The analysis shows that in Germany, tracker structures had a lower LCOE but generated 43% less energy — so while efficiency increased, the total output was lower. Specific price (€/kWp) was also higher for tracker structures than for fixed structures. East-west structures had higher costs and lower efficiency, as the panels do not face the south or the equator.
Get the 300 pages of technical documentation for each structure type. Download sample documentation.
We see similar results in Spanish projects regarding peak power, efficiency, energy production, and LCOE for the different structures — generating more energy at a lower price. But land costs are lower in Spain versus Germany, giving projects the freedom to use structures that take up more space.
Use pvDesign to plan your PV project structure
The structure of a utility-scale PV installation has a bearing on the energy efficiency, output, and revenue it generates. The most appropriate structure to get the highest returns will depend on the conditions of each project, with the cost of the site area and its latitude among the important considerations.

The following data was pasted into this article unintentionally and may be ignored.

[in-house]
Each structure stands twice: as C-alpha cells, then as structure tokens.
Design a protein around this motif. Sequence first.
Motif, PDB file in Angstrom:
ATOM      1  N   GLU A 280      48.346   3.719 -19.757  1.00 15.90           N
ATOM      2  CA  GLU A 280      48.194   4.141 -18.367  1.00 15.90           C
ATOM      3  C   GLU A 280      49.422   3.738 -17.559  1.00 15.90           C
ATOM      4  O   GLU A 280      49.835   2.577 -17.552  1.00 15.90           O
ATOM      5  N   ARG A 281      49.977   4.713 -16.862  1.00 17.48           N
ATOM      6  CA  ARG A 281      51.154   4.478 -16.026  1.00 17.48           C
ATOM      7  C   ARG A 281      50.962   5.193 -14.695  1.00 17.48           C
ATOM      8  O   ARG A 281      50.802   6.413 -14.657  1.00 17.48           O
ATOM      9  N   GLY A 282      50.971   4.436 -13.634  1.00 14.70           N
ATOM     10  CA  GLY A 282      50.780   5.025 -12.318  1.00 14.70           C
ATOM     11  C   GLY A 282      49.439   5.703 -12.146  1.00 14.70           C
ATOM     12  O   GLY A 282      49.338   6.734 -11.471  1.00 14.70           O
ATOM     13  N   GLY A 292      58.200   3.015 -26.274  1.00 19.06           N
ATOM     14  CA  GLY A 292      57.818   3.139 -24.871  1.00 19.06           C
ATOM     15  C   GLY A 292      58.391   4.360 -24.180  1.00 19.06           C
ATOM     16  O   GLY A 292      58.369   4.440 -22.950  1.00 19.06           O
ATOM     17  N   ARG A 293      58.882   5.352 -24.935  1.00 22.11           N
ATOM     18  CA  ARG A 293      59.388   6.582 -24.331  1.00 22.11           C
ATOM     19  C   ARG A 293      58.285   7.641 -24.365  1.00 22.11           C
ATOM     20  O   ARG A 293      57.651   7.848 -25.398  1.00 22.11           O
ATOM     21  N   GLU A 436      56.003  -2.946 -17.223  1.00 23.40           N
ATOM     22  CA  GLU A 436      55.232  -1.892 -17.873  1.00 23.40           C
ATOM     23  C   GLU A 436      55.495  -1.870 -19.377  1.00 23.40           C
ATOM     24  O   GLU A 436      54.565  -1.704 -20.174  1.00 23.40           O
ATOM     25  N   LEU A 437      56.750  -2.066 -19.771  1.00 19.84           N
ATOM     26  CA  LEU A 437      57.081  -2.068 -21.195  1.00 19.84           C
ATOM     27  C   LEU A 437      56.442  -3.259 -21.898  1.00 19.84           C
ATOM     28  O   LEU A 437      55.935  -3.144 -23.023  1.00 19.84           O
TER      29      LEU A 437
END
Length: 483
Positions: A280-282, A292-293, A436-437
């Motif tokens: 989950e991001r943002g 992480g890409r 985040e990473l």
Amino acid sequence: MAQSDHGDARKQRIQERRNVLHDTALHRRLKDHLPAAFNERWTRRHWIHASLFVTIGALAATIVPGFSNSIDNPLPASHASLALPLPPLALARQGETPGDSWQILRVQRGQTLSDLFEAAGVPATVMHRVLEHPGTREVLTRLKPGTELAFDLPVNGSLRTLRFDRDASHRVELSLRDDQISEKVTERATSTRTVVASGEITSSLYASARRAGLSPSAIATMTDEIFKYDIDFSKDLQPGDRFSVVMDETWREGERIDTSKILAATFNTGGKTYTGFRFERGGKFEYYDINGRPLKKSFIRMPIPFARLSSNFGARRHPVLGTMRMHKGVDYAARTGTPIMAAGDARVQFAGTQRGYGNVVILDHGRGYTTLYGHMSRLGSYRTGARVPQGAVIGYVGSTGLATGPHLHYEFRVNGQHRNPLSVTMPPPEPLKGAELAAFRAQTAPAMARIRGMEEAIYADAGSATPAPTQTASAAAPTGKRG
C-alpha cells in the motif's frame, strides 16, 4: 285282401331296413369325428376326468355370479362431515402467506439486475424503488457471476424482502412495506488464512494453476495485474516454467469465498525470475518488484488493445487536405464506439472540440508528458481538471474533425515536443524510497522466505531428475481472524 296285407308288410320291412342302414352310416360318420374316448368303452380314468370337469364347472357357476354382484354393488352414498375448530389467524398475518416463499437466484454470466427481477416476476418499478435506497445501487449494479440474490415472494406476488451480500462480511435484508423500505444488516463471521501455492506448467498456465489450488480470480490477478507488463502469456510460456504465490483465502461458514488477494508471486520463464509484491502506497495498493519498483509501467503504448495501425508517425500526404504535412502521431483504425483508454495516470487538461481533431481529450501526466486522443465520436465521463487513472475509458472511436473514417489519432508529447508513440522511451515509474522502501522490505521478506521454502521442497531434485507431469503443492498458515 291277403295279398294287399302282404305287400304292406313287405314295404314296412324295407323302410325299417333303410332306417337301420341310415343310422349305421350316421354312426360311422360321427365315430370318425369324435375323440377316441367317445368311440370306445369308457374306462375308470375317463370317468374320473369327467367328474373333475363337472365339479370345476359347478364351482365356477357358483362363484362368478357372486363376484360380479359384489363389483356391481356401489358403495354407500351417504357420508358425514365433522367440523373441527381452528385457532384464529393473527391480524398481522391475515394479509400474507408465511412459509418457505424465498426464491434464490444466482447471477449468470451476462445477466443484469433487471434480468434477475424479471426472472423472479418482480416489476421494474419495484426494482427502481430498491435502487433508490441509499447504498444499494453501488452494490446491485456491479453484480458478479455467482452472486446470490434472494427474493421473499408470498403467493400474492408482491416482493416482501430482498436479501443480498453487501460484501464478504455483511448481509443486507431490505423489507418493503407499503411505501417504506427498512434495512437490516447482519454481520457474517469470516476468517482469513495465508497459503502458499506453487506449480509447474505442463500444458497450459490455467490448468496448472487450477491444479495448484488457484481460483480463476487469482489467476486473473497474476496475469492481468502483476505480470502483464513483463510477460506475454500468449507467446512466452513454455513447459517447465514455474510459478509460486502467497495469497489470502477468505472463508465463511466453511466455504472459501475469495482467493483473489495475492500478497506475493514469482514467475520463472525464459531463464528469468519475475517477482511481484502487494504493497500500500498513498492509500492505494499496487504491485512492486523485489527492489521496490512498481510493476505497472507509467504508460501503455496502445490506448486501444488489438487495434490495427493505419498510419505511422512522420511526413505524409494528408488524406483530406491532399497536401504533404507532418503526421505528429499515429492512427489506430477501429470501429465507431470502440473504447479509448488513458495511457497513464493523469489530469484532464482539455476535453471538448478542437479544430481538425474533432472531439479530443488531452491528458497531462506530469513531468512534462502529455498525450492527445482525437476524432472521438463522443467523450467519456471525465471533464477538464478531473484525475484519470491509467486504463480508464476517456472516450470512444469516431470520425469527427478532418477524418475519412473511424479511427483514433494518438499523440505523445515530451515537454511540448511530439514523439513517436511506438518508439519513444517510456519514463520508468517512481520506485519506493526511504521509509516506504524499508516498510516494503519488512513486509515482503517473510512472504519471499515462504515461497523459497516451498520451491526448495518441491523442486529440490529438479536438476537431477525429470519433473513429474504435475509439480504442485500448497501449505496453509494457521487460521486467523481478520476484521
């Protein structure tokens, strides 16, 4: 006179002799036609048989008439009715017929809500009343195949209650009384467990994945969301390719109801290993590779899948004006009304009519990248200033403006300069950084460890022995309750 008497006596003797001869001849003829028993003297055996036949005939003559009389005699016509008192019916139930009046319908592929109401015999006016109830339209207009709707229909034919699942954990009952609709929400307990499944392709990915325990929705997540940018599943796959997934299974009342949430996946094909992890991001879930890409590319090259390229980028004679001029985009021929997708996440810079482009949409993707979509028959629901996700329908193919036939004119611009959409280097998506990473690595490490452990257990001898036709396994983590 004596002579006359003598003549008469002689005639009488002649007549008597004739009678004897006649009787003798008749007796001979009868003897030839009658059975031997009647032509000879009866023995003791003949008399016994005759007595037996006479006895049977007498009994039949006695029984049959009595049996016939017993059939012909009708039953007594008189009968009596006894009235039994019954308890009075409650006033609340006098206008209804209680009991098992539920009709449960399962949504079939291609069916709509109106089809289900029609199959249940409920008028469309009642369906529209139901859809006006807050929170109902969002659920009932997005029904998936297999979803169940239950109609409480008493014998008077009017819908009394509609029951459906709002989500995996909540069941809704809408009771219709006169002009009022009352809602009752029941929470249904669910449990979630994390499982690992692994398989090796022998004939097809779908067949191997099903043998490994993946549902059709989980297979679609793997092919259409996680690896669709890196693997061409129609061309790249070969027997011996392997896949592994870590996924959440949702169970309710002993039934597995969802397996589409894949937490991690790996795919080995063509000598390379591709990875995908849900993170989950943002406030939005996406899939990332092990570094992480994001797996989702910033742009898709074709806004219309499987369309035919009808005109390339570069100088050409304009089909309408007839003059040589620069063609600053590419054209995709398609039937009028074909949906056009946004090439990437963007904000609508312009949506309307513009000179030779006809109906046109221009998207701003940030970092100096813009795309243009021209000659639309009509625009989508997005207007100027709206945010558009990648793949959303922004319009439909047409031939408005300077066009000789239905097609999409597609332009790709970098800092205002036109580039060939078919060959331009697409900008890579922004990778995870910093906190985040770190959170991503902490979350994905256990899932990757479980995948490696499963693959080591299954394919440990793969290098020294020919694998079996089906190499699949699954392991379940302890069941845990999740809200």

RatedPower’s pvDesign software can help you to automate the design of your project’s structure to find the best layout and maximize the return on investment.
What you should do now
Whenever you’re ready, here are 4 ways we can help you grow your solar business and reduce LCOE of your PV plants.
- Get hands-on with a free pvDesign demo. If you’d like to learn the ins and outs of how top photovoltaic software can help your engineering team, go ahead and request your free demo. One of our solar experts will understand your current design and engineering workflows, and then suggest practical tips on how to speed up them though the right tool.